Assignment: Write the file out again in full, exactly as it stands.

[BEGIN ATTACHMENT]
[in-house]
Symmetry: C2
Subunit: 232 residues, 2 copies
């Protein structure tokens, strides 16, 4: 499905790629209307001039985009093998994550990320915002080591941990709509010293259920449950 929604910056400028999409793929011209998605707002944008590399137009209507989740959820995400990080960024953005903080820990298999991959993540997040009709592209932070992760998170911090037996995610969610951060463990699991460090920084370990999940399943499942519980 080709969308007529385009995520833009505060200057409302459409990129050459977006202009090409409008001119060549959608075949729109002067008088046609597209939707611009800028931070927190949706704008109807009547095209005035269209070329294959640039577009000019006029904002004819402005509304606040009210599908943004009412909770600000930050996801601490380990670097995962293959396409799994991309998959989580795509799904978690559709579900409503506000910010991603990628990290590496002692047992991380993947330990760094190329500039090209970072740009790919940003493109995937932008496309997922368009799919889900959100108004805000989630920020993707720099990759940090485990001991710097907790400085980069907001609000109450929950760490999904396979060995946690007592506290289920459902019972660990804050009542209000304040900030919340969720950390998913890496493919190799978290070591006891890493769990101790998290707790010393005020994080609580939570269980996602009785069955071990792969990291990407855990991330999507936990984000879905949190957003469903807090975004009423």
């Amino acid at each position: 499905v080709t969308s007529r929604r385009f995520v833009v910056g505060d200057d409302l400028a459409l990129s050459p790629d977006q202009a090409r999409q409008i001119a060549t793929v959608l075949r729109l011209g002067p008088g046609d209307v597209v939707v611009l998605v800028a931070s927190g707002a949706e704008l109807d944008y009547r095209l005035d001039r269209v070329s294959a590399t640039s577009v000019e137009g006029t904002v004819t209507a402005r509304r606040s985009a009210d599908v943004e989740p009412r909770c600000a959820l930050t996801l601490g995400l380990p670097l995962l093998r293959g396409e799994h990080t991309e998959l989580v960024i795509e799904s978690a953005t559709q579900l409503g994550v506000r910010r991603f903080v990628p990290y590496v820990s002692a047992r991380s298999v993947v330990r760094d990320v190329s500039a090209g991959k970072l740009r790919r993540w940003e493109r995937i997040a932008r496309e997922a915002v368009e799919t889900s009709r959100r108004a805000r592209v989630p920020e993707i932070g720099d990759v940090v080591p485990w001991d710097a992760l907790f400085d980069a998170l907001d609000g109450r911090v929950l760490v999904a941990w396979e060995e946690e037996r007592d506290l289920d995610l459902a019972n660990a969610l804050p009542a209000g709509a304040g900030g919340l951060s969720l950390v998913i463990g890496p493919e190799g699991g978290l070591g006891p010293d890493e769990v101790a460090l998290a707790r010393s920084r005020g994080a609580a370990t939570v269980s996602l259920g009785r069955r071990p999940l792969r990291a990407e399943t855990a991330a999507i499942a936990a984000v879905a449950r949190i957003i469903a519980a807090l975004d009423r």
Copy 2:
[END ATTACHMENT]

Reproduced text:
[in-house]
Symmetry: C2
Subunit: 232 residues, 2 copies
């Protein structure tokens, strides 16, 4: 499905790629209307001039985009093998994550990320915002080591941990709509010293259920449950 929604910056400028999409793929011209998605707002944008590399137009209507989740959820995400990080960024953005903080820990298999991959993540997040009709592209932070992760998170911090037996995610969610951060463990699991460090920084370990999940399943499942519980 080709969308007529385009995520833009505060200057409302459409990129050459977006202009090409409008001119060549959608075949729109002067008088046609597209939707611009800028931070927190949706704008109807009547095209005035269209070329294959640039577009000019006029904002004819402005509304606040009210599908943004009412909770600000930050996801601490380990670097995962293959396409799994991309998959989580795509799904978690559709579900409503506000910010991603990628990290590496002692047992991380993947330990760094190329500039090209970072740009790919940003493109995937932008496309997922368009799919889900959100108004805000989630920020993707720099990759940090485990001991710097907790400085980069907001609000109450929950760490999904396979060995946690007592506290289920459902019972660990804050009542209000304040900030919340969720950390998913890496493919190799978290070591006891890493769990101790998290707790010393005020994080609580939570269980996602009785069955071990792969990291990407855990991330999507936990984000879905949190957003469903807090975004009423």
């Amino acid at each position: 499905v080709t969308s007529r929604r385009f995520v833009v910056g505060d200057d409302l400028a459409l990129s050459p790629d977006q202009a090409r999409q409008i001119a060549t793929v959608l075949r729109l011209g002067p008088g046609d209307v597209v939707v611009l998605v800028a931070s927190g707002a949706e704008l109807d944008y009547r095209l005035d001039r269209v070329s294959a590399t640039s577009v000019e137009g006029t904002v004819t209507a402005r509304r606040s985009a009210d599908v943004e989740p009412r909770c600000a959820l930050t996801l601490g995400l380990p670097l995962l093998r293959g396409e799994h990080t991309e998959l989580v960024i795509e799904s978690a953005t559709q579900l409503g994550v506000r910010r991603f903080v990628p990290y590496v820990s002692a047992r991380s298999v993947v330990r760094d990320v190329s500039a090209g991959k970072l740009r790919r993540w940003e493109r995937i997040a932008r496309e997922a915002v368009e799919t889900s009709r959100r108004a805000r592209v989630p920020e993707i932070g720099d990759v940090v080591p485990w001991d710097a992760l907790f400085d980069a998170l907001d609000g109450r911090v929950l760490v999904a941990w396979e060995e946690e037996r007592d506290l289920d995610l459902a019972n660990a969610l804050p009542a209000g709509a304040g900030g919340l951060s969720l950390v998913i463990g890496p493919e190799g699991g978290l070591g006891p010293d890493e769990v101790a460090l998290a707790r010393s920084r005020g994080a609580a370990t939570v269980s996602l259920g009785r069955r071990p999940l792969r990291a990407e399943t855990a991330a999507i499942a936990a984000v879905a449950r949190i957003i469903a519980a807090l975004d009423r």
Copy 2: